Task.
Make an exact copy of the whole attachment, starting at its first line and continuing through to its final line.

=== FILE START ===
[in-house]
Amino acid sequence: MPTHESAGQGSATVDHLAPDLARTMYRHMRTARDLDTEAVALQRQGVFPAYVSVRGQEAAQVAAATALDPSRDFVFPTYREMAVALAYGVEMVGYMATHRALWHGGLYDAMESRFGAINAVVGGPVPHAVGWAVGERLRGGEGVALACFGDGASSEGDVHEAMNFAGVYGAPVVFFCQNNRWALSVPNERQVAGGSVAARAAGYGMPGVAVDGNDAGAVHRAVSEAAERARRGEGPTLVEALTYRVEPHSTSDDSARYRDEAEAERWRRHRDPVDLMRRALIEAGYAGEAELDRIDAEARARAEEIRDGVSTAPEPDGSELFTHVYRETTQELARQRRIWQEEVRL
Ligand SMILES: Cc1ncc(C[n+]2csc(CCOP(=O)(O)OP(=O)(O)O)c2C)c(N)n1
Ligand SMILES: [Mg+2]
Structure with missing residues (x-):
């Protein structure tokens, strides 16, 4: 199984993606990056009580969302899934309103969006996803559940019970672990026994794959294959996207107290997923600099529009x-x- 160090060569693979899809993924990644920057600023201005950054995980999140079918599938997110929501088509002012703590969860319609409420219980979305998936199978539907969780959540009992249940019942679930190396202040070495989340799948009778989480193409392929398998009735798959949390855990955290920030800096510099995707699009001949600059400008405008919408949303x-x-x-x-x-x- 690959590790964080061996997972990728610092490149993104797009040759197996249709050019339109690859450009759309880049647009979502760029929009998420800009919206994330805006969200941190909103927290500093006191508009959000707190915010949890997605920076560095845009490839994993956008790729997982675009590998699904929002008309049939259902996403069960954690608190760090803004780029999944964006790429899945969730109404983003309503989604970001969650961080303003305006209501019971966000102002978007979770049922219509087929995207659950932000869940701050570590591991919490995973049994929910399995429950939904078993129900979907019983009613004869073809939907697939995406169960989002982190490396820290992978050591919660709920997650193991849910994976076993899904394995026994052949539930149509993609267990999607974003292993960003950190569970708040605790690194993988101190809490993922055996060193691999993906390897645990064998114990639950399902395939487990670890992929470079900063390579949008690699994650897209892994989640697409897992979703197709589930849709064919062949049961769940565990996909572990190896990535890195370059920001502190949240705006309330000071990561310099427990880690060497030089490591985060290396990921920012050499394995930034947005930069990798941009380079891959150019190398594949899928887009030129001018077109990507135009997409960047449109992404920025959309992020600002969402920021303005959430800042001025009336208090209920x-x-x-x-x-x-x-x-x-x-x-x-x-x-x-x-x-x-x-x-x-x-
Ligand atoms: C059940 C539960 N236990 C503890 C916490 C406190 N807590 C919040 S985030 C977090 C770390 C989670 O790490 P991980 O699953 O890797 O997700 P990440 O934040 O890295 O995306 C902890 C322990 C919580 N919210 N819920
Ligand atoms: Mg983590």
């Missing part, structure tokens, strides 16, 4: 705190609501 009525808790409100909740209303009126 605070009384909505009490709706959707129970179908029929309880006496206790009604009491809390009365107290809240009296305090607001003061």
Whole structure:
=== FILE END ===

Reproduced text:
[in-house]
Amino acid sequence: MPTHESAGQGSATVDHLAPDLARTMYRHMRTARDLDTEAVALQRQGVFPAYVSVRGQEAAQVAAATALDPSRDFVFPTYREMAVALAYGVEMVGYMATHRALWHGGLYDAMESRFGAINAVVGGPVPHAVGWAVGERLRGGEGVALACFGDGASSEGDVHEAMNFAGVYGAPVVFFCQNNRWALSVPNERQVAGGSVAARAAGYGMPGVAVDGNDAGAVHRAVSEAAERARRGEGPTLVEALTYRVEPHSTSDDSARYRDEAEAERWRRHRDPVDLMRRALIEAGYAGEAELDRIDAEARARAEEIRDGVSTAPEPDGSELFTHVYRETTQELARQRRIWQEEVRL
Ligand SMILES: Cc1ncc(C[n+]2csc(CCOP(=O)(O)OP(=O)(O)O)c2C)c(N)n1
Ligand SMILES: [Mg+2]
Structure with missing residues (x-):
């Protein structure tokens, strides 16, 4: 199984993606990056009580969302899934309103969006996803559940019970672990026994794959294959996207107290997923600099529009x-x- 160090060569693979899809993924990644920057600023201005950054995980999140079918599938997110929501088509002012703590969860319609409420219980979305998936199978539907969780959540009992249940019942679930190396202040070495989340799948009778989480193409392929398998009735798959949390855990955290920030800096510099995707699009001949600059400008405008919408949303x-x-x-x-x-x- 690959590790964080061996997972990728610092490149993104797009040759197996249709050019339109690859450009759309880049647009979502760029929009998420800009919206994330805006969200941190909103927290500093006191508009959000707190915010949890997605920076560095845009490839994993956008790729997982675009590998699904929002008309049939259902996403069960954690608190760090803004780029999944964006790429899945969730109404983003309503989604970001969650961080303003305006209501019971966000102002978007979770049922219509087929995207659950932000869940701050570590591991919490995973049994929910399995429950939904078993129900979907019983009613004869073809939907697939995406169960989002982190490396820290992978050591919660709920997650193991849910994976076993899904394995026994052949539930149509993609267990999607974003292993960003950190569970708040605790690194993988101190809490993922055996060193691999993906390897645990064998114990639950399902395939487990670890992929470079900063390579949008690699994650897209892994989640697409897992979703197709589930849709064919062949049961769940565990996909572990190896990535890195370059920001502190949240705006309330000071990561310099427990880690060497030089490591985060290396990921920012050499394995930034947005930069990798941009380079891959150019190398594949899928887009030129001018077109990507135009997409960047449109992404920025959309992020600002969402920021303005959430800042001025009336208090209920x-x-x-x-x-x-x-x-x-x-x-x-x-x-x-x-x-x-x-x-x-x-
Ligand atoms: C059940 C539960 N236990 C503890 C916490 C406190 N807590 C919040 S985030 C977090 C770390 C989670 O790490 P991980 O699953 O890797 O997700 P990440 O934040 O890295 O995306 C902890 C322990 C919580 N919210 N819920
Ligand atoms: Mg983590």
């Missing part, structure tokens, strides 16, 4: 705190609501 009525808790409100909740209303009126 605070009384909505009490709706959707129970179908029929309880006496206790009604009491809390009365107290809240009296305090607001003061």
Whole structure: